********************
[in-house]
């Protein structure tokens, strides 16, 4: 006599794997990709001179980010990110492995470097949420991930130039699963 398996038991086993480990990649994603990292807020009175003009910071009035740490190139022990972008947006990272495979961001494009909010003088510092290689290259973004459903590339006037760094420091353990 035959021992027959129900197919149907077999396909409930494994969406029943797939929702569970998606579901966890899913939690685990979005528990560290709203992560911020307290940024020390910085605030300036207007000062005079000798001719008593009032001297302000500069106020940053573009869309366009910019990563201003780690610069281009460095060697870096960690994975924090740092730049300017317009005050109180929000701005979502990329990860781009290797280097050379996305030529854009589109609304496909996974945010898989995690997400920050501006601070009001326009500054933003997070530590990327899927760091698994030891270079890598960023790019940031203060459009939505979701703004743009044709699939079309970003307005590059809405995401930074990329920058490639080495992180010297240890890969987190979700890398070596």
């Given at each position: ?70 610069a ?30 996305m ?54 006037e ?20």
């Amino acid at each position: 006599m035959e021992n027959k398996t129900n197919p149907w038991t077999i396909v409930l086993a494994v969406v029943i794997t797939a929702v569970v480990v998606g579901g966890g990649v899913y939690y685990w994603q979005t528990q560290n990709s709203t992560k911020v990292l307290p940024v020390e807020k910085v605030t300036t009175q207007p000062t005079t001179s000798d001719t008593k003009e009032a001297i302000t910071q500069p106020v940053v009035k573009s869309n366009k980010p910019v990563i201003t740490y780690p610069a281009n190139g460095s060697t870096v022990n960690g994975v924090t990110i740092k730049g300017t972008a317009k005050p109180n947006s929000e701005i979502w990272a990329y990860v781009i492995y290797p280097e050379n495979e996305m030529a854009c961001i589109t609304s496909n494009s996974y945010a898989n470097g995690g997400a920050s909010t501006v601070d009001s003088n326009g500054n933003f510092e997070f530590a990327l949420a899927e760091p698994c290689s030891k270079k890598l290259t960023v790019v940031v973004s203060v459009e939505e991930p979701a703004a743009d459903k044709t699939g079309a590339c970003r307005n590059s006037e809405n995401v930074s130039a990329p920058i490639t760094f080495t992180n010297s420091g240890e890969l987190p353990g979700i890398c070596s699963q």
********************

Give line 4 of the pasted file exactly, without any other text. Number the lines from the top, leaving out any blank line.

């Amino acid at each position: 006599m035959e021992n027959k398996t129900n197919p149907w038991t077999i396909v409930l086993a494994v969406v029943i794997t797939a929702v569970v480990v998606g579901g966890g990649v899913y939690y685990w994603q979005t528990q560290n990709s709203t992560k911020v990292l307290p940024v020390e807020k910085v605030t300036t009175q207007p000062t005079t001179s000798d001719t008593k003009e009032a001297i302000t910071q500069p106020v940053v009035k573009s869309n366009k980010p910019v990563i201003t740490y780690p610069a281009n190139g460095s060697t870096v022990n960690g994975v924090t990110i740092k730049g300017t972008a317009k005050p109180n947006s929000e701005i979502w990272a990329y990860v781009i492995y290797p280097e050379n495979e996305m030529a854009c961001i589109t609304s496909n494009s996974y945010a898989n470097g995690g997400a920050s909010t501006v601070d009001s003088n326009g500054n933003f510092e997070f530590a990327l949420a899927e760091p698994c290689s030891k270079k890598l290259t960023v790019v940031v973004s203060v459009e939505e991930p979701a703004a743009d459903k044709t699939g079309a590339c970003r307005n590059s006037e809405n995401v930074s130039a990329p920058i490639t760094f080495t992180n010297s420091g240890e890969l987190p353990g979700i890398c070596s699963q």